It is undetermined how Rawlings will go forward.  Let’s take a look at how these could shake out.  SABR has the SDI, and research shows it strongly influences the voting. Here are some leaders at the halfway point.  At first base in the American League, Matt Olson and Yuli Gurriel, known good fielders, are at the top, and in the National League Anthony Rizzo.  At second, Cleveland’s Cesar Hernandez leads the way. Last year’s winner, White Sox Yolmer Sanchez is out of baseball, released by the Giants last Friday, after not playing this season. It is not unusual for second base to have some fluctuation. In the NL, with Wong missing time, Kike Hernandez has a big lead, but Wong is moving up.  Anthony Rendon moved to the AL, and leads third basemen, as Matt Chapman had one bad week, and we do not know if he has enough time to make up for it.  Yes, Nolan Arenado has a good lead in the National League.

At short stop, Seattle’s J.P. Crawford has a solid lead, as Francisco Lindor and Andrelton Simmons are languishing around average.  Trevor Story leads the NL shortstops, but last year’s winner Nick Ahmed is just barely behind.

Left field is almost always a “sort of” award, as the chances are fewer, and the players are rotated more. Nonetheless, it is a surprise to see a Boston Red Sox player at the top in Alex Verdugo. The Green Monster is always tough to account for, and really keeps a good Red Sox fielder from shining, but in 200 innings, anything can happen! In the NL, the Diamondbacks David Peralta, 2019 winner, has a lead.

American League center field is loaded with terrific fielders, and one of the best, is Byron Buxton. Buxton has battled injuries the last couple of seasons, but this year is well atop the field, even as Kevin Kiermaier and Luis Robert and Ramon Laureano and George Springer…you get the idea. It is fun to watch that whole collection. In the NL, 2019 winner, Cody Bellinger is trailing Trent Grisham.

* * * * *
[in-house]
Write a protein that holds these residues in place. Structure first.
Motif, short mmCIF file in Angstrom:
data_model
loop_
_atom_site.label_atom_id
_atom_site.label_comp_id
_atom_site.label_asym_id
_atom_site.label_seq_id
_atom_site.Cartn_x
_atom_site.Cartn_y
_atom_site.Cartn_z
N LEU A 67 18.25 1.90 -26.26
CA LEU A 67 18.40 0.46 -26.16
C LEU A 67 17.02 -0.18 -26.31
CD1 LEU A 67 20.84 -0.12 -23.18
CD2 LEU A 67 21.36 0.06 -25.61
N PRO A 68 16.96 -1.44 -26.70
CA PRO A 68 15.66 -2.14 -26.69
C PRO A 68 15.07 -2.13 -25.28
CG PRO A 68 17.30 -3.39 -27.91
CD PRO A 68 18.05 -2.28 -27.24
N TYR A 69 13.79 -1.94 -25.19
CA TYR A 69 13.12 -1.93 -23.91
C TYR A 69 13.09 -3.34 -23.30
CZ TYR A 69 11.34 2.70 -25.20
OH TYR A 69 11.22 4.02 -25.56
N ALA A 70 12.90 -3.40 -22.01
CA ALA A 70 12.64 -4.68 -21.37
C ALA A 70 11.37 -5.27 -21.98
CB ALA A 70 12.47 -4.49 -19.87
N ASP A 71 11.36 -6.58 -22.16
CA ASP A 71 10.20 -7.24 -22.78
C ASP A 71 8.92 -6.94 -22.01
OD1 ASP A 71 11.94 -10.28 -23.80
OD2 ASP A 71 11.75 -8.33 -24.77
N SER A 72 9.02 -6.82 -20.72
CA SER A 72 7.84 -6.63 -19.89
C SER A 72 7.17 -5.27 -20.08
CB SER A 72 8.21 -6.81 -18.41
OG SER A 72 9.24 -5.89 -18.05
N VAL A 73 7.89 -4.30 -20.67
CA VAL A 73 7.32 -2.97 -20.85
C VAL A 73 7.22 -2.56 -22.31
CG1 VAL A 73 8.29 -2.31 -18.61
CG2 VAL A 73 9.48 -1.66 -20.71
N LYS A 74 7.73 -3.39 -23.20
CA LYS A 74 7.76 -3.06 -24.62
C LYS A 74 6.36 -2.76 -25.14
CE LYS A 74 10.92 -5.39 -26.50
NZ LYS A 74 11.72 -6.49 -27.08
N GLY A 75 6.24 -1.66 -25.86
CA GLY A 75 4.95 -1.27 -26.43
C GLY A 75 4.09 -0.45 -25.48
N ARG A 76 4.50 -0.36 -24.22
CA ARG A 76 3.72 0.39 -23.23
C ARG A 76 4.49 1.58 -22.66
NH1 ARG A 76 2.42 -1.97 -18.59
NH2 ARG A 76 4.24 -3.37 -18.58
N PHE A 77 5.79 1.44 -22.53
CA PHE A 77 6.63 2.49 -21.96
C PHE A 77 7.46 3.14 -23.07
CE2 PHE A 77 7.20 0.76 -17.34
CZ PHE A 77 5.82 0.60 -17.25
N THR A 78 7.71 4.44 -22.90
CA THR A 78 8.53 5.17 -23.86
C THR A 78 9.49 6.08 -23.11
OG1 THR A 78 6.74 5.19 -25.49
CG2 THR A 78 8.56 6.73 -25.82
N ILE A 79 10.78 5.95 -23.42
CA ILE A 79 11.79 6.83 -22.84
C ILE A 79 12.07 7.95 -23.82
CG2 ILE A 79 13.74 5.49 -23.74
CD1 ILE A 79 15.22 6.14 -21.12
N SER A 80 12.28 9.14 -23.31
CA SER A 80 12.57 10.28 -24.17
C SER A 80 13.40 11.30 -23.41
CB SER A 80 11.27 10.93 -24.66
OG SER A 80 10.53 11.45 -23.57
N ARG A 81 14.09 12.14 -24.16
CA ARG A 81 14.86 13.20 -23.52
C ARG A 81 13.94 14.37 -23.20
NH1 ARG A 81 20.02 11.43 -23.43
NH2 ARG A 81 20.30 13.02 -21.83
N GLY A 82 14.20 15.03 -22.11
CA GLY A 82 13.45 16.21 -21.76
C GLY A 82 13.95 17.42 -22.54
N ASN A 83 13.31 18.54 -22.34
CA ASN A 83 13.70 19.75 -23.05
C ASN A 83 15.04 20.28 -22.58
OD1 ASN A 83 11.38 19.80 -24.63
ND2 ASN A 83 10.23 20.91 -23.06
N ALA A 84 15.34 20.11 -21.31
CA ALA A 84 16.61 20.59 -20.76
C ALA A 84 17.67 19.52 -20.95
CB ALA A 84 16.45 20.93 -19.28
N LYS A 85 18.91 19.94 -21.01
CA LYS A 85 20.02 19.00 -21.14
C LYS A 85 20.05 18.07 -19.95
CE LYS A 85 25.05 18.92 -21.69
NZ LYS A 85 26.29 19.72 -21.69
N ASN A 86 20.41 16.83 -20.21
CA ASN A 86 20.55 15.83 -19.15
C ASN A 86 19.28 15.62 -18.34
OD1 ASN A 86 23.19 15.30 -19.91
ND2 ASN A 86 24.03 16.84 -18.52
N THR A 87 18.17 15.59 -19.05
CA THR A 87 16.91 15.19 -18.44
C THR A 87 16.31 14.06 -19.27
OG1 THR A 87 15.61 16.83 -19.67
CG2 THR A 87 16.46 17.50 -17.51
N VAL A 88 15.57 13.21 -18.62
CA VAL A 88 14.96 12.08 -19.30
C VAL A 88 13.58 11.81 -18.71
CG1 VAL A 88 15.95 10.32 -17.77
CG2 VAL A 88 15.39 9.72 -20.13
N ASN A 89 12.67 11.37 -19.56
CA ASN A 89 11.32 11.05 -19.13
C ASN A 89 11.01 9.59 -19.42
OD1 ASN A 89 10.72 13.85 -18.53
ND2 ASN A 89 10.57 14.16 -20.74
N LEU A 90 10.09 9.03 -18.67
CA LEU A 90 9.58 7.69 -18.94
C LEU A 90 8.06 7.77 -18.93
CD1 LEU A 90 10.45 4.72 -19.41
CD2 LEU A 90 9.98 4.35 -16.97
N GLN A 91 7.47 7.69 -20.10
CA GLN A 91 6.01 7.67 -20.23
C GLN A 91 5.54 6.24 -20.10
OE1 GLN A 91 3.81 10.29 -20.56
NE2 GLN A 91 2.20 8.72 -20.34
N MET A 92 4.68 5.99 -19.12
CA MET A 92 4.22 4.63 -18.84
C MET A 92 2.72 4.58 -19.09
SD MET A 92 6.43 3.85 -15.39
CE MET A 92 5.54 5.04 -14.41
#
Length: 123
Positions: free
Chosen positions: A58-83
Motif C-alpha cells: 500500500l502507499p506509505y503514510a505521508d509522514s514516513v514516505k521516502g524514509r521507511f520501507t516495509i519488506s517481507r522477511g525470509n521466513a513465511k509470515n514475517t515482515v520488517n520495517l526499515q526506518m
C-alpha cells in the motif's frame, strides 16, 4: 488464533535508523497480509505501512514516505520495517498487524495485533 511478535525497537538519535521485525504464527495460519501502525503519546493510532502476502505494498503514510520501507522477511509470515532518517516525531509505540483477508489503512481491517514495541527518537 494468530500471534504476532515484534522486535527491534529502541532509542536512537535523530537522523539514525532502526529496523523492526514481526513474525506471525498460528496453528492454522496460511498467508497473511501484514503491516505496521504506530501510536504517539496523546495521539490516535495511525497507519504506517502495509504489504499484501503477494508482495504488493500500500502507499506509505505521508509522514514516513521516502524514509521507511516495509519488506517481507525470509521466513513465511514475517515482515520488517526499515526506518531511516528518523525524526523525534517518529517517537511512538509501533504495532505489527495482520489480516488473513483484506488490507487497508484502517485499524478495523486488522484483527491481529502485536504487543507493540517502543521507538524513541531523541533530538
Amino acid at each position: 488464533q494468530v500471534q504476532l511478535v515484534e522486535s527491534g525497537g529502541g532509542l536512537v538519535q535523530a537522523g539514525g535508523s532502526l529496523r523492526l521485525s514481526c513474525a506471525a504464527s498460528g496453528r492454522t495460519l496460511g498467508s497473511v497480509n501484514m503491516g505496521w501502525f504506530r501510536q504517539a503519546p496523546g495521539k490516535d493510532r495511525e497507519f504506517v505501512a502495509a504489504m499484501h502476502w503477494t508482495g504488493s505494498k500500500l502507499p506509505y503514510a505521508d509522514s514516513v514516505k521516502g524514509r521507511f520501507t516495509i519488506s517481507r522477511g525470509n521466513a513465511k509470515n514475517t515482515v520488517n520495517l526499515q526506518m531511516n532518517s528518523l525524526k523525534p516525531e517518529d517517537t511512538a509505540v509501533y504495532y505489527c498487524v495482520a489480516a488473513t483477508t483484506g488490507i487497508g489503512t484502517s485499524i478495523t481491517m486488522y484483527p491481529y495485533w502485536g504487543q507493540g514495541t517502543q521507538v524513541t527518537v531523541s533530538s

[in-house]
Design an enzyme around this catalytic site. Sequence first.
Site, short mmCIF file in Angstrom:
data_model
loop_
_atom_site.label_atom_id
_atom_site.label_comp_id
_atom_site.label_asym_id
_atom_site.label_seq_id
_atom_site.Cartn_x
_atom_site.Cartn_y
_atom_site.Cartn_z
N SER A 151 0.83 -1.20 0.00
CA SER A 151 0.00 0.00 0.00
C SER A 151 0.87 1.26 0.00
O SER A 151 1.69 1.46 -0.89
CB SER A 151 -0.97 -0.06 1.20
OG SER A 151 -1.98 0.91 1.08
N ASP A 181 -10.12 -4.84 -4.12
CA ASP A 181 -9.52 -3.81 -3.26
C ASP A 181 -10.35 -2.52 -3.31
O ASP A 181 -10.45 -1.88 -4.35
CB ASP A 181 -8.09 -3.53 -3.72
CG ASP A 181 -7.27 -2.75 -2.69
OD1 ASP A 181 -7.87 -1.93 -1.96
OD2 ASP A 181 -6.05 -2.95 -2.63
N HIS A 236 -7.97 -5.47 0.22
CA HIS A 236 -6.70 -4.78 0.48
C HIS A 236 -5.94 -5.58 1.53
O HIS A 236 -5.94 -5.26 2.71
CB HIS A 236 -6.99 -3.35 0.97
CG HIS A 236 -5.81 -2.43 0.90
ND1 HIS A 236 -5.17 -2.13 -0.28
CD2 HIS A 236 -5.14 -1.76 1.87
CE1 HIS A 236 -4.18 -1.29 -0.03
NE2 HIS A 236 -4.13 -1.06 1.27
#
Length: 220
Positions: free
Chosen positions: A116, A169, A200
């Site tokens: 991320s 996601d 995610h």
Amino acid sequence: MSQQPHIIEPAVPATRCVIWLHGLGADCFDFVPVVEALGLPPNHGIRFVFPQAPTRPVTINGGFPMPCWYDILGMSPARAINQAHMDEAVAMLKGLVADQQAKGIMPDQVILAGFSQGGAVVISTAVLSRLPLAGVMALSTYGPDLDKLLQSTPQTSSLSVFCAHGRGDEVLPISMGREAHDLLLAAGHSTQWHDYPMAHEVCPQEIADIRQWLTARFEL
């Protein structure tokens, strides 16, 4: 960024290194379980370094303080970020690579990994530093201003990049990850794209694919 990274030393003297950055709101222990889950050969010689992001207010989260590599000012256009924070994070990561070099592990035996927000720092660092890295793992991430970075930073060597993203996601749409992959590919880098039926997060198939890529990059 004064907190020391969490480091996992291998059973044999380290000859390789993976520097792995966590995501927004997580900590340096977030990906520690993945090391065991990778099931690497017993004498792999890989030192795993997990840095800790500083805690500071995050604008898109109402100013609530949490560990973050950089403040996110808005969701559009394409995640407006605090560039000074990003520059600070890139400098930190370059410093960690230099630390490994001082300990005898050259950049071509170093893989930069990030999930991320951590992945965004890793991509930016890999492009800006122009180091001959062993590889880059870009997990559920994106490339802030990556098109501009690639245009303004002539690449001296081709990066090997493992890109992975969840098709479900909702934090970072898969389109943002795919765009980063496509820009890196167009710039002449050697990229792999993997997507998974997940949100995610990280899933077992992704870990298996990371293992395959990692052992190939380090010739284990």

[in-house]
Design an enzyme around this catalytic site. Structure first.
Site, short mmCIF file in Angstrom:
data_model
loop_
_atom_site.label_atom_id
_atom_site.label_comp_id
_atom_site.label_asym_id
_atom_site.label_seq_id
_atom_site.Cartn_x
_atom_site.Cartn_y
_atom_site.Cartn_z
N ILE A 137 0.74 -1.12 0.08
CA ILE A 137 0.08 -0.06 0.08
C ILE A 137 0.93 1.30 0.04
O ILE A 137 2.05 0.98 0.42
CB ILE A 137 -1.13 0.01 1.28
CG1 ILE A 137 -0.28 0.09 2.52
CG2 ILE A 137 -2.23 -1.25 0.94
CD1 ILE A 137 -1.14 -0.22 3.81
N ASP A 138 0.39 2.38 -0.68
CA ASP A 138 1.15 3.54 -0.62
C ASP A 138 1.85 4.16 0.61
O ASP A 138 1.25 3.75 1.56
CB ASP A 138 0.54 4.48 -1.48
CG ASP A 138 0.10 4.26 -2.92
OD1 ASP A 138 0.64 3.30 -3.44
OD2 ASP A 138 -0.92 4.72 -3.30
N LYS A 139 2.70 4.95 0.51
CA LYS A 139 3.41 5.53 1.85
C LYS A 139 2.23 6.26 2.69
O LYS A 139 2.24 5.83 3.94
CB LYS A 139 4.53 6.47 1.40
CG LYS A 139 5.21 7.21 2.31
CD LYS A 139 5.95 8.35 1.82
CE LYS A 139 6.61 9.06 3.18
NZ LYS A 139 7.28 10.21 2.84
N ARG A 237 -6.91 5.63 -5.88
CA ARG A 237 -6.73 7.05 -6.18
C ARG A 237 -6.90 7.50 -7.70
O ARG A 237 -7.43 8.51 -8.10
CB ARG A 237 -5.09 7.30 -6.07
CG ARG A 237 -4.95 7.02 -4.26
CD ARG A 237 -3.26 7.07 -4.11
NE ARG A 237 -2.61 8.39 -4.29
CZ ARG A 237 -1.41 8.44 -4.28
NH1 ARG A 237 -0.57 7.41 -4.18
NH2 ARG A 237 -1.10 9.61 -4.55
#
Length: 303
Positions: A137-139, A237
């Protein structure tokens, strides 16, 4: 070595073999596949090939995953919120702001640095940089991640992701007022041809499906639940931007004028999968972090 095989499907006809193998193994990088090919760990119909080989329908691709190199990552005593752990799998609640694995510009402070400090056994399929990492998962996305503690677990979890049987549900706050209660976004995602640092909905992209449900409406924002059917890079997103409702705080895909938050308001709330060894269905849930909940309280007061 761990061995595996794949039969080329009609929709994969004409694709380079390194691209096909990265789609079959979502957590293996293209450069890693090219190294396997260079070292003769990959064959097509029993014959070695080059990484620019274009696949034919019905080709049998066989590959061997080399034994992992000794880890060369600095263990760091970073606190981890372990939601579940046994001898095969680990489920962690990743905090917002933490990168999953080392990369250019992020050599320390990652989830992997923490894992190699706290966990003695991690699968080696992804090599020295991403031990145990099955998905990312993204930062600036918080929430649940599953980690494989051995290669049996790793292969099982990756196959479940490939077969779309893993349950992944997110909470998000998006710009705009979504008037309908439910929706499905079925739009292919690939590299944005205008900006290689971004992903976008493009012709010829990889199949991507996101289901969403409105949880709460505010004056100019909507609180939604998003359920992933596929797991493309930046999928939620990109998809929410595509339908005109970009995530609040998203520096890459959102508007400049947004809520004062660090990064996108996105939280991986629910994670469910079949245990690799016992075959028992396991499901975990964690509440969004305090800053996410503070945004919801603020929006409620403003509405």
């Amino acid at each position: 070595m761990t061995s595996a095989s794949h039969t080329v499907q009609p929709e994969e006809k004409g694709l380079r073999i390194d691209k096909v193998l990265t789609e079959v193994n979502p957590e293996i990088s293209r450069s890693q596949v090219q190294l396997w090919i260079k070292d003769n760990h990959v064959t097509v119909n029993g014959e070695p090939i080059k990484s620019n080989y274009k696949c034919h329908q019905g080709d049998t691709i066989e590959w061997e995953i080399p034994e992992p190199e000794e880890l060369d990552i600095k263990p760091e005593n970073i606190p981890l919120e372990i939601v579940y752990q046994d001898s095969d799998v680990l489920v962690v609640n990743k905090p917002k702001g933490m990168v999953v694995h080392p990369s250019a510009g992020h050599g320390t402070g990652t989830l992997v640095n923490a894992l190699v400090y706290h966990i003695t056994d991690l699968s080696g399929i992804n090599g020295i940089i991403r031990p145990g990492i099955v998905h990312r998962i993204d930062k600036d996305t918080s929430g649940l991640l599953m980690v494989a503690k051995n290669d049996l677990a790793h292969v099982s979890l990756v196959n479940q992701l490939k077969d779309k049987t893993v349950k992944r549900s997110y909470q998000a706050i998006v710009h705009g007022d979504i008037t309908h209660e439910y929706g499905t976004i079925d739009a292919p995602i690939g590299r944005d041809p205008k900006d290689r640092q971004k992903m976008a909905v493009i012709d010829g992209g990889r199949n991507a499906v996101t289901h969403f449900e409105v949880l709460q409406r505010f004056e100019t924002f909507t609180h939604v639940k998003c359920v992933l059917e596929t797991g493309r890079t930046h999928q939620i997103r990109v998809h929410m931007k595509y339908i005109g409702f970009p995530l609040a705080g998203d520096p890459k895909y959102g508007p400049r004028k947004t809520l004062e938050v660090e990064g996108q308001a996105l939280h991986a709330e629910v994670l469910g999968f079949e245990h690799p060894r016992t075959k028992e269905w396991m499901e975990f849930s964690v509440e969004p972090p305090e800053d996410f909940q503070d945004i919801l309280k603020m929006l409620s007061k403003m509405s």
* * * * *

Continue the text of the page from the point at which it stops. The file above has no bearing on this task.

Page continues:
Last year there was some controversy when Aaron Judge did not quite qualify and had prevented the most runs.  This year, he is going to struggle to qualify, and he is in the top three, but Max Kepler of Minnesota and Anthony Santander of Baltimore have a lead and played more innings.  The NL now has Mookie Betts, who is one of the best fielders of the decade, and he has the most runs saved above average of any player at any position.

At catcher, Christian Vazquez of the Red Sox leads the AL and the Brewers Omar Narvaez leads the NL. Yadier Molina, who has won nine is not too far back, and with seven inning games, could catch up and tie Johnny Bench for the second-most catcher Gold Gloves.

You may notice no Mets were mentioned.  In this analysis, the only Mets that appeared in the SDI potential voting were Luis Guillorme at second, Andres Gimenez at short and Billy Hamilton in center.  Looking at team performances, the Dodgers lead the NL at +10 runs, and the Mets are next to last at -9 runs.  The Nationals are the worst at -10 runs.  That is two wins the Dodgers have over the Mets just on catching the ball.  The Braves are the only NL East team above average at +2.

One comment on “Halfway Home – how are we doing?

  • HOF19

    If we win today I like our chances of winning 4-out-of-5 (at least) from the Yankees ……Could that “spark” this team to a playoff run …….Hey it could be …..Lets Go Mets !!!!!